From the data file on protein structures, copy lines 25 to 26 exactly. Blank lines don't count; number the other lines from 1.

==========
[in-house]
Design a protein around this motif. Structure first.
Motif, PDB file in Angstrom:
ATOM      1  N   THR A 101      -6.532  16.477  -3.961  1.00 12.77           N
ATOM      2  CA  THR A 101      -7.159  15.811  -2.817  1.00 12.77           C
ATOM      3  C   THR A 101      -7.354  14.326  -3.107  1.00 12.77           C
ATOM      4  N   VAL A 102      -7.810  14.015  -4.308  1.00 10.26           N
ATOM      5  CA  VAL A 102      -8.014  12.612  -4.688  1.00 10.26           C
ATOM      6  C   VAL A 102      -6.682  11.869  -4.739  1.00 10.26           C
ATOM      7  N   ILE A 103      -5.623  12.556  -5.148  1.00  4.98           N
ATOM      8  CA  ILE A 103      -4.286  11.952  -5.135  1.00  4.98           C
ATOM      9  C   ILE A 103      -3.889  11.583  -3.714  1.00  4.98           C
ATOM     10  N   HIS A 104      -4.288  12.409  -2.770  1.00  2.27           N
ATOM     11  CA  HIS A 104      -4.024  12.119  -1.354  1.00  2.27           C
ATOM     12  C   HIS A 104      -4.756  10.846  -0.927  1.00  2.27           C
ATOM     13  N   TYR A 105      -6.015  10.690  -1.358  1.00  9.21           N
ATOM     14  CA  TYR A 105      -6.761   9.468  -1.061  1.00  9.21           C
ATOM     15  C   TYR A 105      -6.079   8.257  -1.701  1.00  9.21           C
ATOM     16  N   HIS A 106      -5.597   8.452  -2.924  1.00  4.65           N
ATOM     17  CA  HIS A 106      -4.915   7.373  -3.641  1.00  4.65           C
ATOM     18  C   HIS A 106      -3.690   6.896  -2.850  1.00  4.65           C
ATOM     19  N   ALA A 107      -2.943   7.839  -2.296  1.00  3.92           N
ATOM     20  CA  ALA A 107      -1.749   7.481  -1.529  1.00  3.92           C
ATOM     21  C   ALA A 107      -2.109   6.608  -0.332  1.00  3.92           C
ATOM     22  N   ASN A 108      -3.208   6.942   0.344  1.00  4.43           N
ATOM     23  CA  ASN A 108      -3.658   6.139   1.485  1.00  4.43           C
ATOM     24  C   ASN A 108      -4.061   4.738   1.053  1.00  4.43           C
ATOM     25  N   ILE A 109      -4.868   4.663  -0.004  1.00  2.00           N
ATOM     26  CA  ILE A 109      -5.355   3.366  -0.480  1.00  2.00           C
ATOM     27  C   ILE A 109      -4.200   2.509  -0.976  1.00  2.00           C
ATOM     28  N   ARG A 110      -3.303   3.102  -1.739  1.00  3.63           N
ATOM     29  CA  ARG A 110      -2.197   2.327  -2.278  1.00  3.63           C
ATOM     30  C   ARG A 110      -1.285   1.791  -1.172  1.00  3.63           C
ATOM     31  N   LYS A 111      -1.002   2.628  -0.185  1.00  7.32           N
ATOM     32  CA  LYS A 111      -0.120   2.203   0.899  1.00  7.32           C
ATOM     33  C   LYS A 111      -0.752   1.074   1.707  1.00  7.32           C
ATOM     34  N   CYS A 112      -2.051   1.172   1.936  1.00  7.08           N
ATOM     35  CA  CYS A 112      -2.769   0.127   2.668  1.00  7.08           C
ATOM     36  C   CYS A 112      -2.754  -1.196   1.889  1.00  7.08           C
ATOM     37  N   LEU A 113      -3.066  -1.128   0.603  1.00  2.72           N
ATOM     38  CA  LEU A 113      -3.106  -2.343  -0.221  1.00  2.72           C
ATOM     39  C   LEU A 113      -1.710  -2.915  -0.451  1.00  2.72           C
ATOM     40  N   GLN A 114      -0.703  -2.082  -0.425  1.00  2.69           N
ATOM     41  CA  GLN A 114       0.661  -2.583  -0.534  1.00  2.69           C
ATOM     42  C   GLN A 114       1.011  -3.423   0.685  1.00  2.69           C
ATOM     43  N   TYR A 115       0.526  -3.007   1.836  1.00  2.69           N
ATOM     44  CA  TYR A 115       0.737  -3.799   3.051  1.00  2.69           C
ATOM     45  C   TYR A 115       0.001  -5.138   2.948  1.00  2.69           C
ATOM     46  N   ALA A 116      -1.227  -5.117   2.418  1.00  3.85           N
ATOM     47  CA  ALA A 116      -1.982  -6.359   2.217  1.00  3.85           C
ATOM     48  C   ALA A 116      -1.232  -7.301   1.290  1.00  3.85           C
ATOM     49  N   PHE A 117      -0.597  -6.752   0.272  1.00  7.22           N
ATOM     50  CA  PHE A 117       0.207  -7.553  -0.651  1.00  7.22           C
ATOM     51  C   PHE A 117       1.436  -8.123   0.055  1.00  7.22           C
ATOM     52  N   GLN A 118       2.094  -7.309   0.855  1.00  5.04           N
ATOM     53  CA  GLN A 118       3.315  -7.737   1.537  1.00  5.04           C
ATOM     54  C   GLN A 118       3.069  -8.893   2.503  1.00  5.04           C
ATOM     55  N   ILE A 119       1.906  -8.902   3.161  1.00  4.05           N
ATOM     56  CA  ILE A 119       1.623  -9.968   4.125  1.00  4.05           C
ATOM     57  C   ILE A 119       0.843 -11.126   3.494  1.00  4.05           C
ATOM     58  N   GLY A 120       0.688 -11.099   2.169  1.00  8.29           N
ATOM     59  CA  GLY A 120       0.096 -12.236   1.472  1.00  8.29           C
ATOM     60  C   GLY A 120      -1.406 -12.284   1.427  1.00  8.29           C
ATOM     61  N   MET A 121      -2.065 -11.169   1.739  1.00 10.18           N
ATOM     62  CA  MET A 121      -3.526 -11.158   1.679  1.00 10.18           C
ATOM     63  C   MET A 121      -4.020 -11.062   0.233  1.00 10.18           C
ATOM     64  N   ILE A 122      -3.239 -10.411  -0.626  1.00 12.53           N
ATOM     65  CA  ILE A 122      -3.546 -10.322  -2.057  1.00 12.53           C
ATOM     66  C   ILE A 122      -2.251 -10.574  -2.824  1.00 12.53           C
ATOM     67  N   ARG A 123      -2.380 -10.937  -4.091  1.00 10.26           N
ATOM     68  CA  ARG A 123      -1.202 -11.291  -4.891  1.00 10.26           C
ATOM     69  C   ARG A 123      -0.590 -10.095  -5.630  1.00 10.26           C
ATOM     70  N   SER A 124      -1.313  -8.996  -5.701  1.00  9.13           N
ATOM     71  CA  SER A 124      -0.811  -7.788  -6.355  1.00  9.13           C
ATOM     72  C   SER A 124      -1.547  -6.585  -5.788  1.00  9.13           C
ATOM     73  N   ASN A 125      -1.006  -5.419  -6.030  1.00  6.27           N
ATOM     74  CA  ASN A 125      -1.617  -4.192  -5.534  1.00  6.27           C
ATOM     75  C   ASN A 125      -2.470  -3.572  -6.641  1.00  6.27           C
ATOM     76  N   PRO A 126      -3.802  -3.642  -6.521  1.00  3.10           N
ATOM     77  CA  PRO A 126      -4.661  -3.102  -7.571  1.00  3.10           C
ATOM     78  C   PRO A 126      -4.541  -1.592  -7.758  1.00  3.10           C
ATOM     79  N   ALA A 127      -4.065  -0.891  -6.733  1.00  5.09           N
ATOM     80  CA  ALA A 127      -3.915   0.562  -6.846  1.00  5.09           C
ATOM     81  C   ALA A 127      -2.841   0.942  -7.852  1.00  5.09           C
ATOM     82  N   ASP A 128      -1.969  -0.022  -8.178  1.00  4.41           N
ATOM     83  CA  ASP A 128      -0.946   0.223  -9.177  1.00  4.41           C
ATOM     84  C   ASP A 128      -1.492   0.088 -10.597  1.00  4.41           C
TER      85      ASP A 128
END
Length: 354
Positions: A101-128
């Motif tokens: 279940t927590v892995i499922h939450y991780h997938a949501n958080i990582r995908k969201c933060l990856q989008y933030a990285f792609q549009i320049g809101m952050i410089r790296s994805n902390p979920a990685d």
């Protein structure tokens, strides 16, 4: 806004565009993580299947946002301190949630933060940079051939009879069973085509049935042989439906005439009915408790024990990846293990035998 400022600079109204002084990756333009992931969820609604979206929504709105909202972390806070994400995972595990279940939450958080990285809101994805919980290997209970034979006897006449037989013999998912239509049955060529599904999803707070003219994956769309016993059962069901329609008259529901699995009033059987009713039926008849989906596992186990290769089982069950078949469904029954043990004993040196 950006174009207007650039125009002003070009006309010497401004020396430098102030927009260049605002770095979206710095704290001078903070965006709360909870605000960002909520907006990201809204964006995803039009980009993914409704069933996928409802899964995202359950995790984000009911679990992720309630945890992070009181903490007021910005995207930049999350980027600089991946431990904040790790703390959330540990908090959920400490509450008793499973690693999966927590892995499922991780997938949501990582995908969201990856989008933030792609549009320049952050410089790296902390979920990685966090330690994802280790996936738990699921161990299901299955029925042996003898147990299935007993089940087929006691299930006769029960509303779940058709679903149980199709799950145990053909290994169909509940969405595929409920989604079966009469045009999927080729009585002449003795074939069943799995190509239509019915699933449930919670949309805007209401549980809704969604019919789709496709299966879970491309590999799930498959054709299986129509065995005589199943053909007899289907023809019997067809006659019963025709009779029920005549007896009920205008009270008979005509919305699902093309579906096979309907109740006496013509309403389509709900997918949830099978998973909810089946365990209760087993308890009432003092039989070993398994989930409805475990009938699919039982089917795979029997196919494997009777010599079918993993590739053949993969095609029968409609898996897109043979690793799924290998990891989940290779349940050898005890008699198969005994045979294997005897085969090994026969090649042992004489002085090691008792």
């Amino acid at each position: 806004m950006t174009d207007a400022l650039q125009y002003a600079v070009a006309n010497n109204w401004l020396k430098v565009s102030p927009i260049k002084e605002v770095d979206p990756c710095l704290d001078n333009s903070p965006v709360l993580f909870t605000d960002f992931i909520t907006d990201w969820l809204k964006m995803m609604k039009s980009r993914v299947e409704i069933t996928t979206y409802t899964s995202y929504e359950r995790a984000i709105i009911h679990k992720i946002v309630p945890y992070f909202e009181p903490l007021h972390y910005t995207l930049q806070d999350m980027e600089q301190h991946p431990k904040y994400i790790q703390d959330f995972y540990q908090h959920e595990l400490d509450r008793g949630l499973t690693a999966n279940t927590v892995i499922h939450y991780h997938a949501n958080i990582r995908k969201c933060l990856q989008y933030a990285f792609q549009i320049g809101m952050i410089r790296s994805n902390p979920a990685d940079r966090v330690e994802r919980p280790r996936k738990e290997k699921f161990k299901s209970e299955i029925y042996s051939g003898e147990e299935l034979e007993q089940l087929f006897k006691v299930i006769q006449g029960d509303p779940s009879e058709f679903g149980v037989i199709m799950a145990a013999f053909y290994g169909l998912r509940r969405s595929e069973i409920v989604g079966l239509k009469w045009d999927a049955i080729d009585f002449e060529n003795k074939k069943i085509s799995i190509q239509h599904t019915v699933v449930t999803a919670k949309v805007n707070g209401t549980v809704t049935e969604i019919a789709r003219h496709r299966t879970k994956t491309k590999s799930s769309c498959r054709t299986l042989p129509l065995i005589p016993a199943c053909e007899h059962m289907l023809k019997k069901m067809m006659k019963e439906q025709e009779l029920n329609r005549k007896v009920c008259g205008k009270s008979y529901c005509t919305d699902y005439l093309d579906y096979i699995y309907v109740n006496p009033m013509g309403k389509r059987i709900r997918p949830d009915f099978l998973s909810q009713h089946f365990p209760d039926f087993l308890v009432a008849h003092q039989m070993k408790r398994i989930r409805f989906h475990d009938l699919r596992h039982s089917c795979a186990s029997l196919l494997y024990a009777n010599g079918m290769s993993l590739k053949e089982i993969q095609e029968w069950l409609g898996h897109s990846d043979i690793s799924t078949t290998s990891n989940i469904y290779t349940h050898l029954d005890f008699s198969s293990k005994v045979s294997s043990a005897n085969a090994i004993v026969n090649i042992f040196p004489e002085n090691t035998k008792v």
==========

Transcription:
ATOM     22  N   ASN A 108      -3.208   6.942   0.344  1.00  4.43           N
ATOM     23  CA  ASN A 108      -3.658   6.139   1.485  1.00  4.43           C